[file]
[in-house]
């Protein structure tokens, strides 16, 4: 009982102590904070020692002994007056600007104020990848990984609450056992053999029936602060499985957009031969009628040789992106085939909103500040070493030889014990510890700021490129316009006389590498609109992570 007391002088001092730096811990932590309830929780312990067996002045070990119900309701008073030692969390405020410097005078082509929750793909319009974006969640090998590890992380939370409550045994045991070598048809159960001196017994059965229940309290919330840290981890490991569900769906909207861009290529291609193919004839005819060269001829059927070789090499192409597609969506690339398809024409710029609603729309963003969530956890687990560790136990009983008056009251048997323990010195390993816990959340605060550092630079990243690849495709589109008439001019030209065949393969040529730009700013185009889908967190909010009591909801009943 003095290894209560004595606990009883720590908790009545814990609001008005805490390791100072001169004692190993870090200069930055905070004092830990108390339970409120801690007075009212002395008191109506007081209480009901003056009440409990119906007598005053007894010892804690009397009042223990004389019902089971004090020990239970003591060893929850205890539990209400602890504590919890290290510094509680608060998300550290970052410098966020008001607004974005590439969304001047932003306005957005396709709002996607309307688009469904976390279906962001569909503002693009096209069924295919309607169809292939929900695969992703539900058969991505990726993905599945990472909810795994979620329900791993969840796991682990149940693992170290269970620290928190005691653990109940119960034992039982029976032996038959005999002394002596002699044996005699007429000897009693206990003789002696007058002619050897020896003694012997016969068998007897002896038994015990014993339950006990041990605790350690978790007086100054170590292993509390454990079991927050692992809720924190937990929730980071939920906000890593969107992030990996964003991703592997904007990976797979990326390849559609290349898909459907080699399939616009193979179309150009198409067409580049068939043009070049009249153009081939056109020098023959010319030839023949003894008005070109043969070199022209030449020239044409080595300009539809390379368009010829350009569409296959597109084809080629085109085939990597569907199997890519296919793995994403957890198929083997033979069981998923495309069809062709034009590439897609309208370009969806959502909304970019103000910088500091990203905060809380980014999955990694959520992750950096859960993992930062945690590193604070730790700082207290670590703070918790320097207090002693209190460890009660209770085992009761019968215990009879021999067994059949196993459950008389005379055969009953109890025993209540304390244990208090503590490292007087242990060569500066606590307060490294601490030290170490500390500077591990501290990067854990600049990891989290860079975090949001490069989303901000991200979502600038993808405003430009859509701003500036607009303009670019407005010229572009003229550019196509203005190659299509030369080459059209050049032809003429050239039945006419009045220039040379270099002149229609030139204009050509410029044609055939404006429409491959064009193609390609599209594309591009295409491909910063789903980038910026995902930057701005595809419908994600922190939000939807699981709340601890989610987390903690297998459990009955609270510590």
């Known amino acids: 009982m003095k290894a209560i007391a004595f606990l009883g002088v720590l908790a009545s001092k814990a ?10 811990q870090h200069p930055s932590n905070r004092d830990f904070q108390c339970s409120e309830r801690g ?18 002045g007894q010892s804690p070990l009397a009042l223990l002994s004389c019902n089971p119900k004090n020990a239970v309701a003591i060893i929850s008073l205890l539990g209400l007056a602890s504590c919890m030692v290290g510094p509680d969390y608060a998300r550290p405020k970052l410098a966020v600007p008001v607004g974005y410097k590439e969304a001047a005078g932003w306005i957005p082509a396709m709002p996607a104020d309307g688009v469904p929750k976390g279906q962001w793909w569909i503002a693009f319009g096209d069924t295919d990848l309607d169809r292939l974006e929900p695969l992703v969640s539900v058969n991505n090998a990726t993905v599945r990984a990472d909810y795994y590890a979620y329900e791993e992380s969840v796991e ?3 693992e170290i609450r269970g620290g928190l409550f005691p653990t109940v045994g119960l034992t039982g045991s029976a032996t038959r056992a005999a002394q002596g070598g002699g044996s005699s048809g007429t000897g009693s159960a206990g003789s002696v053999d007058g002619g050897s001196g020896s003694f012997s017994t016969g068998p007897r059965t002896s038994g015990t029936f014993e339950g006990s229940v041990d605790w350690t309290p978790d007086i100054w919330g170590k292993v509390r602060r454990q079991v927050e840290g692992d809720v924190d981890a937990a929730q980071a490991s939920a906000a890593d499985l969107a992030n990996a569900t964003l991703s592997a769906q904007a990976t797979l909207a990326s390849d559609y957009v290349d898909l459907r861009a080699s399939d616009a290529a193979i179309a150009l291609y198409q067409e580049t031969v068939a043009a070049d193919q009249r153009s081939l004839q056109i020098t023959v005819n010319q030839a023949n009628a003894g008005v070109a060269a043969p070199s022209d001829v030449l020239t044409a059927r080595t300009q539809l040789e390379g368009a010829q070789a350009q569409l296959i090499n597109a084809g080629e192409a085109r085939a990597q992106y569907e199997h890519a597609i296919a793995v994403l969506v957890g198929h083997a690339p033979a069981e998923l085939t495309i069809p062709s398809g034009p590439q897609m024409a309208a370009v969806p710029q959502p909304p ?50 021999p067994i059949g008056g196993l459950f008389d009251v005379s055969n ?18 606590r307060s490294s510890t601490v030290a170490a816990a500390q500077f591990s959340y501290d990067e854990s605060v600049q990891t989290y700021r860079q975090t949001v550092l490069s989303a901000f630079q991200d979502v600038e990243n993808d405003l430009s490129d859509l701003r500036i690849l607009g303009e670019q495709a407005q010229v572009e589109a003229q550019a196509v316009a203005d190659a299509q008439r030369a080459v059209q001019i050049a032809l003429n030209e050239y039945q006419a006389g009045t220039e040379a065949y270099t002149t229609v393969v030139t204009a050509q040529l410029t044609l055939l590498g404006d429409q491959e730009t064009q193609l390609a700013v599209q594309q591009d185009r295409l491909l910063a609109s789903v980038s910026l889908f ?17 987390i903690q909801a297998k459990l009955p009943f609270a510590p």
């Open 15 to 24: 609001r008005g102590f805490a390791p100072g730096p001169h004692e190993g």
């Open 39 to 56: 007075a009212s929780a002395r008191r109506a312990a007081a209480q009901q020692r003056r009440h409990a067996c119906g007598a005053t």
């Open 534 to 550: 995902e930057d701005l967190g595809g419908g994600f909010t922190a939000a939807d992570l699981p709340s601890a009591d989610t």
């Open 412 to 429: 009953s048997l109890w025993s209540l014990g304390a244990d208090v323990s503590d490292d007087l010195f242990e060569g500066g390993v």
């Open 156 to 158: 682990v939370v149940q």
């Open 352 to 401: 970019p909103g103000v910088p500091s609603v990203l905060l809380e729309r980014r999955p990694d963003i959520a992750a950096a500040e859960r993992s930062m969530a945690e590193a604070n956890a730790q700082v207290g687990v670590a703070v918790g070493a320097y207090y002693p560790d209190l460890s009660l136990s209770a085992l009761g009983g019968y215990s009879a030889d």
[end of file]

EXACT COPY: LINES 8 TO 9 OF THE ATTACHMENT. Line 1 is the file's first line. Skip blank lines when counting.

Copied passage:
């Open 156 to 158: 682990v939370v149940q």
């Open 352 to 401: 970019p909103g103000v910088p500091s609603v990203l905060l809380e729309r980014r999955p990694d963003i959520a992750a950096a500040e859960r993992s930062m969530a945690e590193a604070n956890a730790q700082v207290g687990v670590a703070v918790g070493a320097y207090y002693p560790d209190l460890s009660l136990s209770a085992l009761g009983g019968y215990s009879a030889d």